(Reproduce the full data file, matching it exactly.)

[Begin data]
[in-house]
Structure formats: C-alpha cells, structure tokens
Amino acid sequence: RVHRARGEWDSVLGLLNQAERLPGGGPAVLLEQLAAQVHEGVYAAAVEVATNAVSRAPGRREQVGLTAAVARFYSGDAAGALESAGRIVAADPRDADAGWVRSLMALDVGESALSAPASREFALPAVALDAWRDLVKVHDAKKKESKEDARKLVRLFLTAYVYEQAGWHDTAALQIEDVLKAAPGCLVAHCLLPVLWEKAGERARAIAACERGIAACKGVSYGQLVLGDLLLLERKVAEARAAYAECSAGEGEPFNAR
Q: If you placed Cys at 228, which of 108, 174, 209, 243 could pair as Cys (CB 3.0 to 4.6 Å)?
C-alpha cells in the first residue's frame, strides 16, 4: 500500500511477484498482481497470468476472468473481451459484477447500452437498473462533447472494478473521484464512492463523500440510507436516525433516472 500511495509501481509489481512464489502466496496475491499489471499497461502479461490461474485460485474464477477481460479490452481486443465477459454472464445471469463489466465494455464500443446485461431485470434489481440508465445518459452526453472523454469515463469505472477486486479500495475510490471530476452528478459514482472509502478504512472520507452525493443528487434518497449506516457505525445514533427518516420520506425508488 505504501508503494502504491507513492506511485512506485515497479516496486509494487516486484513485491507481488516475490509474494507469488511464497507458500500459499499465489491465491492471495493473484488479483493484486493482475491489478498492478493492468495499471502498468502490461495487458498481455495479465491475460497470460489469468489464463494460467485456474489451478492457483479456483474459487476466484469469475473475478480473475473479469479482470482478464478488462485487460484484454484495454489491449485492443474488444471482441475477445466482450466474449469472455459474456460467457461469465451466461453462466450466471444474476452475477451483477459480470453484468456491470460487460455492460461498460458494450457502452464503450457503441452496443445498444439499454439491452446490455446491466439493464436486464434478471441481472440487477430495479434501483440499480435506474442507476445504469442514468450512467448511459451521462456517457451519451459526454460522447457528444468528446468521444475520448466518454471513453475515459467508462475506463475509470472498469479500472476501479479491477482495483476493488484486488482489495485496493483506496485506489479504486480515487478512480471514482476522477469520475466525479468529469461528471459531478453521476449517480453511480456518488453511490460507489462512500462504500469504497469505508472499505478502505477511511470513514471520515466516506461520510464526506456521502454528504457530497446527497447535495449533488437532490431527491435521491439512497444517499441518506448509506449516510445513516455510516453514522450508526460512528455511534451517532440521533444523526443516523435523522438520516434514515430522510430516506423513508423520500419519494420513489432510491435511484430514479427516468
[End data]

[in-house]
Structure formats: C-alpha cells, structure tokens
Amino acid sequence: RVHRARGEWDSVLGLLNQAERLPGGGPAVLLEQLAAQVHEGVYAAAVEVATNAVSRAPGRREQVGLTAAVARFYSGDAAGALESAGRIVAADPRDADAGWVRSLMALDVGESALSAPASREFALPAVALDAWRDLVKVHDAKKKESKEDARKLVRLFLTAYVYEQAGWHDTAALQIEDVLKAAPGCLVAHCLLPVLWEKAGERARAIAACERGIAACKGVSYGQLVLGDLLLLERKVAEARAAYAECSAGEGEPFNAR
Q: If you placed Cys at 228, which of 108, 174, 209, 243 could pair as Cys (CB 3.0 to 4.6 Å)?
C-alpha cells in the first residue's frame, strides 16, 4: 500500500511477484498482481497470468476472468473481451459484477447500452437498473462533447472494478473521484464512492463523500440510507436516525433516472 500511495509501481509489481512464489502466496496475491499489471499497461502479461490461474485460485474464477477481460479490452481486443465477459454472464445471469463489466465494455464500443446485461431485470434489481440508465445518459452526453472523454469515463469505472477486486479500495475510490471530476452528478459514482472509502478504512472520507452525493443528487434518497449506516457505525445514533427518516420520506425508488 505504501508503494502504491507513492506511485512506485515497479516496486509494487516486484513485491507481488516475490509474494507469488511464497507458500500459499499465489491465491492471495493473484488479483493484486493482475491489478498492478493492468495499471502498468502490461495487458498481455495479465491475460497470460489469468489464463494460467485456474489451478492457483479456483474459487476466484469469475473475478480473475473479469479482470482478464478488462485487460484484454484495454489491449485492443474488444471482441475477445466482450466474449469472455459474456460467457461469465451466461453462466450466471444474476452475477451483477459480470453484468456491470460487460455492460461498460458494450457502452464503450457503441452496443445498444439499454439491452446490455446491466439493464436486464434478471441481472440487477430495479434501483440499480435506474442507476445504469442514468450512467448511459451521462456517457451519451459526454460522447457528444468528446468521444475520448466518454471513453475515459467508462475506463475509470472498469479500472476501479479491477482495483476493488484486488482489495485496493483506496485506489479504486480515487478512480471514482476522477469520475466525479468529469461528471459531478453521476449517480453511480456518488453511490460507489462512500462504500469504497469505508472499505478502505477511511470513514471520515466516506461520510464526506456521502454528504457530497446527497447535495449533488437532490431527491435521491439512497444517499441518506448509506449516510445513516455510516453514522450508526460512528455511534451517532440521533444523526443516523435523522438520516434514515430522510430516506423513508423520500419519494420513489432510491435511484430514479427516468